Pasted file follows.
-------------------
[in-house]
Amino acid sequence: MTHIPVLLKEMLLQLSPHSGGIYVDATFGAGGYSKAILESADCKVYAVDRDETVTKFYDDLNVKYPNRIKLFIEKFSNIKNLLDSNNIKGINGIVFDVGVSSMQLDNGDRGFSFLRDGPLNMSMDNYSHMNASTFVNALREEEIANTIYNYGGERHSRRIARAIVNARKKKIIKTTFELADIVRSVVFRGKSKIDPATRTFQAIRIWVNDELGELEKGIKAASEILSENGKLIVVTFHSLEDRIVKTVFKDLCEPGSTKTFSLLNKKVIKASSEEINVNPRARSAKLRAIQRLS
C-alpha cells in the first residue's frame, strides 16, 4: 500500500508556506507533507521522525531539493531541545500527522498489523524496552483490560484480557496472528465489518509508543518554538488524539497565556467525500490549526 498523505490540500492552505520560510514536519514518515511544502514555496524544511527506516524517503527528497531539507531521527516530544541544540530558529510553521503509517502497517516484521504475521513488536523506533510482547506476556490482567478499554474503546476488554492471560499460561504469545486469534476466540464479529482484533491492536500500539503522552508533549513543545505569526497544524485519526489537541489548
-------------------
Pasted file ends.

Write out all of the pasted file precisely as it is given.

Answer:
[in-house]
Amino acid sequence: MTHIPVLLKEMLLQLSPHSGGIYVDATFGAGGYSKAILESADCKVYAVDRDETVTKFYDDLNVKYPNRIKLFIEKFSNIKNLLDSNNIKGINGIVFDVGVSSMQLDNGDRGFSFLRDGPLNMSMDNYSHMNASTFVNALREEEIANTIYNYGGERHSRRIARAIVNARKKKIIKTTFELADIVRSVVFRGKSKIDPATRTFQAIRIWVNDELGELEKGIKAASEILSENGKLIVVTFHSLEDRIVKTVFKDLCEPGSTKTFSLLNKKVIKASSEEINVNPRARSAKLRAIQRLS
C-alpha cells in the first residue's frame, strides 16, 4: 500500500508556506507533507521522525531539493531541545500527522498489523524496552483490560484480557496472528465489518509508543518554538488524539497565556467525500490549526 498523505490540500492552505520560510514536519514518515511544502514555496524544511527506516524517503527528497531539507531521527516530544541544540530558529510553521503509517502497517516484521504475521513488536523506533510482547506476556490482567478499554474503546476488554492471560499460561504469545486469534476466540464479529482484533491492536500500539503522552508533549513543545505569526497544524485519526489537541489548